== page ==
freedman Zosimus ars quidem eius et quasi inscriptio comoedus, in qua plurimum facit. nam pronuntiat acriter, sapienter, apte, decenter etiam; utitur et cithara perite, ultra quam comoedo necesse est. idem tam commode orationes et historias et carmina legit, ut hoc solum didicisse videatur. id. vir 1 g 2 Encolpius...lector, illa seria nostra, ille deliciae ...quis libellos meos sic leget, sic amabit? quem aures meae sic sequentur? VII 4 § 3. 1x 17 g 3 quam multi, cum lector aut lyristes aut comoedus inductus est, calceos poscunt aut non minore cum taedio recubant, quam tu ista (sic enim appellas) prodigia perpessus es! ib, ep. 34 hearing that he reads poems ill, he has resolved to employ his freedman, and asks Suetonius whether he should sit by defixus et mutus et similis otioso, or rather (as some did) accompany the reader murmure oculis manu. But alas puto me non minus male saltare quam legere. ib. ep. 36 § 4 cenanti mihi, si cum uxore vel paucis, liber legitur. Sen. cons. ad Polyb. 8 & 2 sends the emperor's freedman to H. and v. to seek comfort in the loss of his brother: tunc Homerus et Vergilius tam bene de genere humani meriti, quam tu et de omnibus et de illis meruisti, quos pluribus notos esse voluisti quam scripserant, multum tecum morentur. Burm. anthol. IV 260 11-14 n. epitaph on a reader of Homer: quondam ego Pierio vatum monumenta canore I doctus cygneis enumerare modis. I doctus Maeonio spirantia carmina versu | dicere, Caesareo carmina nota foro. ib. 344 6 on a boy of ten: legi pia carmina Homeri. ib. 346 1 2 (Orelli inscr. 1200) grammaticus lectorque fui, sed lector eorum ! more, incorrupto qui placuere sono. Calvisius Sabinus had a slave who knew Homer by heart, another who knew Hesiod, nine others who knew each one of the lyric poets: as such slaves were not to be bought (Sen. ep. 27 § 6) faciendos locavit. anth. Pal. xı 141 against the grammarians who talk Homeric criticism (shop') at dinner: oñuepov oỦ DELTTVÔ u ñvev äelde de á. Lucian adv. ind. 7 from a book written on purple vellum, with umbilicus of gold, the ignorant owner of a fine library reads and murders the author by his barbarisms, so that the very parasites who applaud him laugh at him in their sleeves. Philostr. soph. 11 10 SS 1 2. Gell. 11 22 $S 1 2 apud mensam Favorini in convivio familiari legi solitum erat aut vetus carmen melici poeta e aut historia partim Graecae linguae alias Latinae. legebatur ergo ibi tunc in carmine Latino 'iapyx' ventus quaesitumque est, quis hic ventus. ib. III 19 8 1. ΧΙΧ 7 2. Αth. 6966 ως άδοντος εν τοις συσσιτίοις όσημέραι εις Tòv 'Epuelar malāva. Marquardt v (i) 156. 348. Friedländer 14 416 417. Einhardt vita Caroli magni 24 p. 530 Jaffé inter caenandum aut aliquod acroama aut lectorem audiebat. legebantur ei historia e et antiquorum res gestae; also Aug. esp. the civ. Dei. It was the monastic rule and is enjoined in college statutes: it was the practice at the board of James I. and of lord keeper Williams. Card. Wiseman in the English college at Rome chose Walter Scott's novels for the purpose (see two lives of N. Ferrar Cambr. 1855 41. Bayle 8. v. Berenger note A. Becker Gallus 113 125. 1113 261).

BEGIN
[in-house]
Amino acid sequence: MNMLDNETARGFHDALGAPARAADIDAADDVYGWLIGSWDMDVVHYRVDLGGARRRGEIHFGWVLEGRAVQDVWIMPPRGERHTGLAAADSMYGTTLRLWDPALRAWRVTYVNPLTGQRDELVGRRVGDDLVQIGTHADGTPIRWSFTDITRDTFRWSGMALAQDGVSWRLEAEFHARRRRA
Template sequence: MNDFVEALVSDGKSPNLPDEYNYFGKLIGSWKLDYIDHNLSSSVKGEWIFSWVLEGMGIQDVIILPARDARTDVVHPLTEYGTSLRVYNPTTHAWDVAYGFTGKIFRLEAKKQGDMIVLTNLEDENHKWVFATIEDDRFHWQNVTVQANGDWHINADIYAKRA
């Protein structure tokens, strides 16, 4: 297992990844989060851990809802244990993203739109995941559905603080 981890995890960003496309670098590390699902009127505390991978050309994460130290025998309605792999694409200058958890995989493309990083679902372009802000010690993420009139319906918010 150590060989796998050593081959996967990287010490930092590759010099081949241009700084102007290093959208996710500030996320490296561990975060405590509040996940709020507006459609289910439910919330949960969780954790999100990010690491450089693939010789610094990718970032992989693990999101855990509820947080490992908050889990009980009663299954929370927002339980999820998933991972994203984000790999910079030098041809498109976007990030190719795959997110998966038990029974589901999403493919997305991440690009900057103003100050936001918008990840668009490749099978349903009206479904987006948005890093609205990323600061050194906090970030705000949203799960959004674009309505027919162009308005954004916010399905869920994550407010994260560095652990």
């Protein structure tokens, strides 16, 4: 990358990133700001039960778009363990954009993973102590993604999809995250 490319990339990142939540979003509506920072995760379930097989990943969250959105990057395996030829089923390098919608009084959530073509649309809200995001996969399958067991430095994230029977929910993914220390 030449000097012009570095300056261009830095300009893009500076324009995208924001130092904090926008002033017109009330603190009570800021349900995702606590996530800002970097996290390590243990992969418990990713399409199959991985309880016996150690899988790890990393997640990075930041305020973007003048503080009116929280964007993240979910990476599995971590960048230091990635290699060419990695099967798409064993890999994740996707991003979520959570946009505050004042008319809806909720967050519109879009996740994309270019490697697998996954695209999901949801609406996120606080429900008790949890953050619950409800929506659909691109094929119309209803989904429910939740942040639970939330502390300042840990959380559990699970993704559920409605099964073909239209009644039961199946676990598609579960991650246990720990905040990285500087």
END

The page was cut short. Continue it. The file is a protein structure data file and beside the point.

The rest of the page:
181 VII 227 n. So Prop. 111=11 33 65 66 cedite Romani scriptores, cedite Grai: | nescio quid maius nascitur Iliade. Macrob. v 12 g 1 (which book contains a comparison of V.'s translations with the originals in H. see Jan's ind. Homerus p. 656) in quibusdam par paene splendor amborum est. Quintil. x 1 $ 85 ut apud illos Homerus, sic apud nos Vergilius auspicatissimum dederit exordium, omnium eius generis poetarum, Graecorum nostrorumque, haud dubie ei proximus. Ov. a. a. III 337 338. rem. 396. amor. 1 15 25. anthol. Lat. Meyer 254–6. 288. For modern